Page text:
Imagining the “forbidden” racial other: attitudes and approaches in the works of Antjie Krog, Marlene van Niekerk, Meg Vandermerwe and Zukiswa Wanner
What are the potential ethical and creative limitations of seeking to represent, in one’s work, the experience of the black subaltern class? This was a topic at the forefront of my mind as I embarked on my novel, Zebra Crossing, in January 2010, a work which I knew would place a Zimbabwean immigrant with albinism at its fore. As an apparently empowered white writer and academic, South African-born but Europe-educated, I was well aware of the taboos; traditional postcolonial theory makes them explicit.
This paper, however, seeks to argue that an alternative discourse is slowly emerging within contemporary South African creative writing, one that offers a very different position to the one frequently posited by traditional postcolonial sensibilities and by the majority of South African authors who, I would argue, remain sceptical about the writer’s right and literary ability to imagine with authenticity and integrity what Edward Said terms the “forbidden” other (2009, 295).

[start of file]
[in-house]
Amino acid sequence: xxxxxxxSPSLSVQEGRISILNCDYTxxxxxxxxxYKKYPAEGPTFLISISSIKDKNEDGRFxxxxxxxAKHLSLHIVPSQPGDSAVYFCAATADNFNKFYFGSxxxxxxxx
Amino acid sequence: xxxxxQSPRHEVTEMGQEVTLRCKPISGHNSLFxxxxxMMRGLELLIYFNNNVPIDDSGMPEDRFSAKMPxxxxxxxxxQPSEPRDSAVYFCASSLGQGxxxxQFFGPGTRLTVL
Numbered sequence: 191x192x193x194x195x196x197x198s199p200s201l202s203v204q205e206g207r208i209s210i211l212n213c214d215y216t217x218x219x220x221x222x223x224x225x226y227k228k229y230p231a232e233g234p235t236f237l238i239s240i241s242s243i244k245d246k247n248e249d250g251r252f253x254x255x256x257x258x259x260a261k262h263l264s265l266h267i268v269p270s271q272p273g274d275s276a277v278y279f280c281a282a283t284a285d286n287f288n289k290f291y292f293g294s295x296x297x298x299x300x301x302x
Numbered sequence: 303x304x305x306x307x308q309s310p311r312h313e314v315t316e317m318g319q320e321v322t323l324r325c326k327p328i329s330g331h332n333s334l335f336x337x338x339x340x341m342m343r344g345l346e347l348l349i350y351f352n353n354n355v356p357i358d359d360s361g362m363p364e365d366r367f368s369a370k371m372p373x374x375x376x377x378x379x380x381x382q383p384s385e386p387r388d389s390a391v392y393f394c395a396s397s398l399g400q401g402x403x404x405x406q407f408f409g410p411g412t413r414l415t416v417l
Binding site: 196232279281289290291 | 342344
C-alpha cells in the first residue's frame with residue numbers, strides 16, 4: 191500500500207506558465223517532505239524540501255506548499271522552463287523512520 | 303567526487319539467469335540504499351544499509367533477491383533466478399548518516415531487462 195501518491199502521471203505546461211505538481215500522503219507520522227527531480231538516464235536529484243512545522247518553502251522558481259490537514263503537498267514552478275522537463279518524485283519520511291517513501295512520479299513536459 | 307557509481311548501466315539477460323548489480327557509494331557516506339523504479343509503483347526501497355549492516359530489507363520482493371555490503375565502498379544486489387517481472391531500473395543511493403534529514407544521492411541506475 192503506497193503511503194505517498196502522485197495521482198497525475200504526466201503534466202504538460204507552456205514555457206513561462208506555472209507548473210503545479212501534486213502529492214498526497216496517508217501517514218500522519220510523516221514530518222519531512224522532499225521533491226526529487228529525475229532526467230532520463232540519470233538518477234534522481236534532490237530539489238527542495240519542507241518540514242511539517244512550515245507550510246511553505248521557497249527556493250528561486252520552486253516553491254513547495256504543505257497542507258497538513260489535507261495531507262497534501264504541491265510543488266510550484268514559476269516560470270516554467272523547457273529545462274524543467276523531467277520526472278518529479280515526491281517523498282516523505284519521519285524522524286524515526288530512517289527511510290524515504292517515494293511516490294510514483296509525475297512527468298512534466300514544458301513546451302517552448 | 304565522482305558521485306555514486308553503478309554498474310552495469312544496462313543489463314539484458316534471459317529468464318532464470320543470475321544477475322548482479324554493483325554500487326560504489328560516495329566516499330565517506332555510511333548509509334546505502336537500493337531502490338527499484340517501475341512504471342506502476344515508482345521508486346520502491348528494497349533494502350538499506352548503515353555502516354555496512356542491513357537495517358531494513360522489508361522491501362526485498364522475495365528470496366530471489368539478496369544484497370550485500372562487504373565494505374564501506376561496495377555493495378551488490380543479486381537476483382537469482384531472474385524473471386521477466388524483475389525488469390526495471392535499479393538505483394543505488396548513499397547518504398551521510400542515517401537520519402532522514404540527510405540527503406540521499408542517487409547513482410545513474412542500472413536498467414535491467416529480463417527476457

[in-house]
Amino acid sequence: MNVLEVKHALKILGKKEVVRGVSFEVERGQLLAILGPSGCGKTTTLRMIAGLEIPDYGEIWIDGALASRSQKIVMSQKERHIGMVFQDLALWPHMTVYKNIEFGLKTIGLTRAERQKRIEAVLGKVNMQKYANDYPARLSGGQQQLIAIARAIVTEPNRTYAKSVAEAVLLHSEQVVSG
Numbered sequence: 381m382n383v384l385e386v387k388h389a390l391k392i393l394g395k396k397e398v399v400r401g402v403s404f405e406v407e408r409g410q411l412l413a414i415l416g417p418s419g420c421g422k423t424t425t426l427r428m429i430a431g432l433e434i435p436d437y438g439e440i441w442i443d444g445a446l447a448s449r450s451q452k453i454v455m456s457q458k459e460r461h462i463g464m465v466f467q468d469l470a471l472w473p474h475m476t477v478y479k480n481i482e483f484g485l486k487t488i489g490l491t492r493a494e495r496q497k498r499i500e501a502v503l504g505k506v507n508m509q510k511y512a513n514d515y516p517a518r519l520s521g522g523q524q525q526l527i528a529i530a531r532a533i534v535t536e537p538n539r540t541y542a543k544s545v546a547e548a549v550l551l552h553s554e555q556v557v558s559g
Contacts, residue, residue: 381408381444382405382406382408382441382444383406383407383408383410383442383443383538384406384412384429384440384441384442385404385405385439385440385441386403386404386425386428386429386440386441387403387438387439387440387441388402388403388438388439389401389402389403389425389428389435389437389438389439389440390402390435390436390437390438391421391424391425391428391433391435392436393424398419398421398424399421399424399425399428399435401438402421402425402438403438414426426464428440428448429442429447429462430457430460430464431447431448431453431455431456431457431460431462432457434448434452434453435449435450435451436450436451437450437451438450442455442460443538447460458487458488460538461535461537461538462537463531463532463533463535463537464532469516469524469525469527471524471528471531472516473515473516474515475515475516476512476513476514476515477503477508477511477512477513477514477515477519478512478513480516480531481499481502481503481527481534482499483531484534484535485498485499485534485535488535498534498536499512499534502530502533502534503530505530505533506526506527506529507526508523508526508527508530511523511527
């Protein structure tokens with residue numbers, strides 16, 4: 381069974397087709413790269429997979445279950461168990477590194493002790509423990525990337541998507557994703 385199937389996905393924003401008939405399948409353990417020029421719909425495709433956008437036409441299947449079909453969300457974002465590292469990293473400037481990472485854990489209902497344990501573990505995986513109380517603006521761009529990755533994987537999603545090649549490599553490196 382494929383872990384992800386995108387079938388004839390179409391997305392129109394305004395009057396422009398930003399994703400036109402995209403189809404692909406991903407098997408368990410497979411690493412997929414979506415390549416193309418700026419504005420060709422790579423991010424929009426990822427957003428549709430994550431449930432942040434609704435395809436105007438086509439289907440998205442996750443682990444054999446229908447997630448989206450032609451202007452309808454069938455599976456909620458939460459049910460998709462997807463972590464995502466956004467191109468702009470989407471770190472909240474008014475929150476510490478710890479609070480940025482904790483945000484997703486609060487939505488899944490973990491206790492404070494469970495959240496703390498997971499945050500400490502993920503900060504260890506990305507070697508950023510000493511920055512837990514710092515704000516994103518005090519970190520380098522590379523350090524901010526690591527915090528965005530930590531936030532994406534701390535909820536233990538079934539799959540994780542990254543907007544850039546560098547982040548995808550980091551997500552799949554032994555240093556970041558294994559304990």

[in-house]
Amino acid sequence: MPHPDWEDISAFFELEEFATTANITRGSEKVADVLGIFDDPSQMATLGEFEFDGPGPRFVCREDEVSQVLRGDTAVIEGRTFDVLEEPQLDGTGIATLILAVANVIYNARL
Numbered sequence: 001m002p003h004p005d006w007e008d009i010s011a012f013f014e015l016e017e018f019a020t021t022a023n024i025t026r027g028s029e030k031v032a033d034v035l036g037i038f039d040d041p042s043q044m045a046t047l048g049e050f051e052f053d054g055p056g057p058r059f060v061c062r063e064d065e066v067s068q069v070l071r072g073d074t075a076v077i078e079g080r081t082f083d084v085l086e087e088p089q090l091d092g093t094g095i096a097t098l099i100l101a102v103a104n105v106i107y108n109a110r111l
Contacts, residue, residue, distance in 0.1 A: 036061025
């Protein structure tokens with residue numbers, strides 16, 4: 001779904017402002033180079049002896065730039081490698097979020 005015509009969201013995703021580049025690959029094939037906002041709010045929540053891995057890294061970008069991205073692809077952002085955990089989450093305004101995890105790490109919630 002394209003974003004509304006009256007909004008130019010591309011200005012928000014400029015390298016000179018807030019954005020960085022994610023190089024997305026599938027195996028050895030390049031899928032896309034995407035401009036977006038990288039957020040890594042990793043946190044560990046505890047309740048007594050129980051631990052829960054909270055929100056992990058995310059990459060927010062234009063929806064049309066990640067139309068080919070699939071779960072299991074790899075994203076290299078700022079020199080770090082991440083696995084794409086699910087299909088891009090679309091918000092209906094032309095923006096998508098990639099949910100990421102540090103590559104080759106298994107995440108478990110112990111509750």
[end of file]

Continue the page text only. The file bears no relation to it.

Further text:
Although I make reference to my own work in this paper, my main focus is on the writings of Antjie Krog, Marlene van Niekerk and Zukiswa Wanner, all of whom were interviewed via email for this article.
Keywords: Imagining ‘the other’, postcolonialism, taboo; creative writing, South Africa; ethics, Apartheid, prose, poetry